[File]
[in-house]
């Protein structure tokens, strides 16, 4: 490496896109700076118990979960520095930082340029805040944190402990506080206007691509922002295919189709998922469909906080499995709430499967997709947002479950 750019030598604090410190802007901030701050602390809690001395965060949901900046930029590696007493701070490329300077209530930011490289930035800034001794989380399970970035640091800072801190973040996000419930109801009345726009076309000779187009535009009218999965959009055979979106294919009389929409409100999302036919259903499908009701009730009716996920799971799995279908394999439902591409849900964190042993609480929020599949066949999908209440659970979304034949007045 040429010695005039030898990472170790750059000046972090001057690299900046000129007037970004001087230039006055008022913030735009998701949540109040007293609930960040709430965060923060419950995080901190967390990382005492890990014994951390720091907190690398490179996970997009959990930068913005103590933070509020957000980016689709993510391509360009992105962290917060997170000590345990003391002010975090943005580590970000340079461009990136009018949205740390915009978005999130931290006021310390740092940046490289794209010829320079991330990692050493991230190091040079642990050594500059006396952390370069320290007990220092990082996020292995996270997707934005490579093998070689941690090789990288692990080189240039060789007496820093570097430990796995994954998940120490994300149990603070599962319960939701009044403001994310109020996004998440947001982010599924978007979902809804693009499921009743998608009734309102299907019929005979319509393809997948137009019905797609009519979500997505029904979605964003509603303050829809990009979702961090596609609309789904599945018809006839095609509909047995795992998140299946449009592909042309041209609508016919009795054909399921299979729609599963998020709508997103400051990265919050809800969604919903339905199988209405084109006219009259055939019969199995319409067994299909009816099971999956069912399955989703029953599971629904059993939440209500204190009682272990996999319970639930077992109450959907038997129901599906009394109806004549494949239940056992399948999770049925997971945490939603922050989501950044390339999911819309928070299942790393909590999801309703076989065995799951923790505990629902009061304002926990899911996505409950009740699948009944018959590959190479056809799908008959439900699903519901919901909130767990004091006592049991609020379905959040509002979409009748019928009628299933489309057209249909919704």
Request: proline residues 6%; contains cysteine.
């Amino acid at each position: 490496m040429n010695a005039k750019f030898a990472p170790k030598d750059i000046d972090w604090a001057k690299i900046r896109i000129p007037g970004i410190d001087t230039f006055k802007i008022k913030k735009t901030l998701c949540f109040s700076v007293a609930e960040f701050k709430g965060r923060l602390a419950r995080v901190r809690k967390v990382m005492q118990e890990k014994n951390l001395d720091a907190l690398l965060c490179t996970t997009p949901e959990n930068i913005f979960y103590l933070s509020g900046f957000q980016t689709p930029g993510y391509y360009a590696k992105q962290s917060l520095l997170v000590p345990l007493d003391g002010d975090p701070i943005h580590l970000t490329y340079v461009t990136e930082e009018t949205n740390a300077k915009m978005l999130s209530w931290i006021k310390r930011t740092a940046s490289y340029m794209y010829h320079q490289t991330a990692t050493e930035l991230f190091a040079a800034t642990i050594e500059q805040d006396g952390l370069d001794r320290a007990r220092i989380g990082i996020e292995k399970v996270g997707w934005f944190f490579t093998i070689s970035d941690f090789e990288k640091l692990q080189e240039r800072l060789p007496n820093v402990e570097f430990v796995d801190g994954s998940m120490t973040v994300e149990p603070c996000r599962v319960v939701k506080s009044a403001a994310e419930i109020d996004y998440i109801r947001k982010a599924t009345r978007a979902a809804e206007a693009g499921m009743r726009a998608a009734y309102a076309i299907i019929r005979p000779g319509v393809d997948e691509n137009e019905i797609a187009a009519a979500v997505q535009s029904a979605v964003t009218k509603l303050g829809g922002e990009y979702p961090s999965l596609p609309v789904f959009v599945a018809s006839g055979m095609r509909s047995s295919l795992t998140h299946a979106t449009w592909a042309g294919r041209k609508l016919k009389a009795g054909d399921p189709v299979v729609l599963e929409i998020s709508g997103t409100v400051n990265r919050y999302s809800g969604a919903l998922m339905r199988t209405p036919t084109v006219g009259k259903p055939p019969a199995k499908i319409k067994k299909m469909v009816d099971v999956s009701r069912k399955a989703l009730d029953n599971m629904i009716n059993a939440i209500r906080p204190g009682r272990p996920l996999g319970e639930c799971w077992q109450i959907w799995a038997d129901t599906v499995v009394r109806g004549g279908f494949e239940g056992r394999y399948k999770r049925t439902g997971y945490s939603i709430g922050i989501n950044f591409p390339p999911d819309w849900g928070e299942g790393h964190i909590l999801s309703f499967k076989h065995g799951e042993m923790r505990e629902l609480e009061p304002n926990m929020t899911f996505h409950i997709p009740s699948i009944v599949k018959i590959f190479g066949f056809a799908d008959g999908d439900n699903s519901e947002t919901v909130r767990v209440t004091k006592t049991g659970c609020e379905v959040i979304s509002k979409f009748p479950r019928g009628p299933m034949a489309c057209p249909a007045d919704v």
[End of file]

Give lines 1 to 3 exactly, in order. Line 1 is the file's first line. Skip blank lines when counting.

[in-house]
């Protein structure tokens, strides 16, 4: 490496896109700076118990979960520095930082340029805040944190402990506080206007691509922002295919189709998922469909906080499995709430499967997709947002479950 750019030598604090410190802007901030701050602390809690001395965060949901900046930029590696007493701070490329300077209530930011490289930035800034001794989380399970970035640091800072801190973040996000419930109801009345726009076309000779187009535009009218999965959009055979979106294919009389929409409100999302036919259903499908009701009730009716996920799971799995279908394999439902591409849900964190042993609480929020599949066949999908209440659970979304034949007045 040429010695005039030898990472170790750059000046972090001057690299900046000129007037970004001087230039006055008022913030735009998701949540109040007293609930960040709430965060923060419950995080901190967390990382005492890990014994951390720091907190690398490179996970997009959990930068913005103590933070509020957000980016689709993510391509360009992105962290917060997170000590345990003391002010975090943005580590970000340079461009990136009018949205740390915009978005999130931290006021310390740092940046490289794209010829320079991330990692050493991230190091040079642990050594500059006396952390370069320290007990220092990082996020292995996270997707934005490579093998070689941690090789990288692990080189240039060789007496820093570097430990796995994954998940120490994300149990603070599962319960939701009044403001994310109020996004998440947001982010599924978007979902809804693009499921009743998608009734309102299907019929005979319509393809997948137009019905797609009519979500997505029904979605964003509603303050829809990009979702961090596609609309789904599945018809006839095609509909047995795992998140299946449009592909042309041209609508016919009795054909399921299979729609599963998020709508997103400051990265919050809800969604919903339905199988209405084109006219009259055939019969199995319409067994299909009816099971999956069912399955989703029953599971629904059993939440209500204190009682272990996999319970639930077992109450959907038997129901599906009394109806004549494949239940056992399948999770049925997971945490939603922050989501950044390339999911819309928070299942790393909590999801309703076989065995799951923790505990629902009061304002926990899911996505409950009740699948009944018959590959190479056809799908008959439900699903519901919901909130767990004091006592049991609020379905959040509002979409009748019928009628299933489309057209249909919704």
Request: proline residues 6%; contains cysteine.